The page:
Published: 00:00, 05 March 2015
| Updated: 11:11, 05 March 2015
Thames Water has announced a groundbreaking project to store water in underground reservoirs is to be built in a village in Dartford - following in the footsteps of Las Vegas.
Scientists are trialling a £3.2 million scheme to store water in a 'bubble' - 250 metres below the ground - in a field near Horton Kirby.
Designed to help the water-stressed south east, drinking water will be brought to the surface when there is a drought.
The technique - entitled Aquifer Storage and Recovery’ (ASR) - is already in use in desert regions across the world including the gambling city.
Experts began drilling a new borehole at Horton Kirby in September and finished the work in January when it reached a depth of 250 metres - able to enter the Lower Greensand aquifer.
Groundwater resources manager at Thames Water, Dr Mike Jones said: "Aquifer storage isn’t the magical answer to the south-east’s water stress, as not all aquifers are suitable for this type of project.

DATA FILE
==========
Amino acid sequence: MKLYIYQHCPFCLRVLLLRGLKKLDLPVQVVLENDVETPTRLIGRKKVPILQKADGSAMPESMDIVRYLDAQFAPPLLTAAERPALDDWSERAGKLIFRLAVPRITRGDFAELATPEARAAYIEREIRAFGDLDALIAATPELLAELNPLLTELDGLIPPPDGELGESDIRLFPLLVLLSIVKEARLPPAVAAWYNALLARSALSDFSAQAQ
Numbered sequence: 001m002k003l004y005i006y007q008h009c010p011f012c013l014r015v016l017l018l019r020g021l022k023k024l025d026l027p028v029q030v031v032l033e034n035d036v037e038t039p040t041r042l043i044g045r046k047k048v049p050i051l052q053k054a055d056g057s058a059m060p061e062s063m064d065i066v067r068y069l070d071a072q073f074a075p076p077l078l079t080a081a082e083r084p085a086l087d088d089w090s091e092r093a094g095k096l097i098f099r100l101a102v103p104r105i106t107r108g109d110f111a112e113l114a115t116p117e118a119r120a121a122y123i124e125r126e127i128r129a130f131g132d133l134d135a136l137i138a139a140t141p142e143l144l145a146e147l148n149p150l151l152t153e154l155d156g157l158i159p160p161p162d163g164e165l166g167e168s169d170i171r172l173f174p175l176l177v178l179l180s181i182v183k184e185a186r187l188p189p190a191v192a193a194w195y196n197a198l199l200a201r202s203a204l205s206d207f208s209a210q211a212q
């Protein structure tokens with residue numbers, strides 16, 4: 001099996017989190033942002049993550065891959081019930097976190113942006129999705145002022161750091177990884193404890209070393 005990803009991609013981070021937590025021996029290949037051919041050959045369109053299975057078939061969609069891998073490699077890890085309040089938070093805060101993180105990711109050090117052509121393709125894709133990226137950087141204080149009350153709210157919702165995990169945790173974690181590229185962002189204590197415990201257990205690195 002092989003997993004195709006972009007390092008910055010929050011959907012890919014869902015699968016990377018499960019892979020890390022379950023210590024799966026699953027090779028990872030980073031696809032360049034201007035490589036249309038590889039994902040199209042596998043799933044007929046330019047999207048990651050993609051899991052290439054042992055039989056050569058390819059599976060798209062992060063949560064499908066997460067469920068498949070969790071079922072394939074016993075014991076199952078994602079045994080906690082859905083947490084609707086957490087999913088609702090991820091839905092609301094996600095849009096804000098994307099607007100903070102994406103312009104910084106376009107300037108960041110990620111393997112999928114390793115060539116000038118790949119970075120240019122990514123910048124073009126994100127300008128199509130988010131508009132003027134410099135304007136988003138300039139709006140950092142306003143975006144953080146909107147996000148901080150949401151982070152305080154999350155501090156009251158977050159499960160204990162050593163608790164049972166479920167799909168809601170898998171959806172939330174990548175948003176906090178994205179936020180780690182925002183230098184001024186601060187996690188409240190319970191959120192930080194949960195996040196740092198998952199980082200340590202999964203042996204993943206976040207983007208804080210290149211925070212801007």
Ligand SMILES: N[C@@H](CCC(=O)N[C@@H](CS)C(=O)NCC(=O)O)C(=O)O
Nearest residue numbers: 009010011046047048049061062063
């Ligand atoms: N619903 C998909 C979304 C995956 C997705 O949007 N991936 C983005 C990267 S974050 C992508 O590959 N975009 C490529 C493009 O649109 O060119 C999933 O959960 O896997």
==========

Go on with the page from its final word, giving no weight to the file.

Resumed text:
"But it’s a great start and I’m confident this work will help us understand how we can best use our natural aquifer resources in the future, especially to help combat the effects of climate change."
Ed Uden, Groundwater Team Leader at the Environment Agency, said: "Thames Water, the Environment Agency and the Darent River Preservation Society (DRiPS) are all keen for this to happen, to ensure that water resources can be developed sustainably to meet demand and protect the environment."
While Alan Williams, chairman of the Darent River Preservation Society, added: "We have monitored this project since its inception at the Horton Kirby site.
"Our site visit in December 2014 to the ASR 3 site demonstrated to us the progress that has been made.It certainly shows how clean water can be stored in times of plenty."
The scheme will be the most advanced in the UK when built.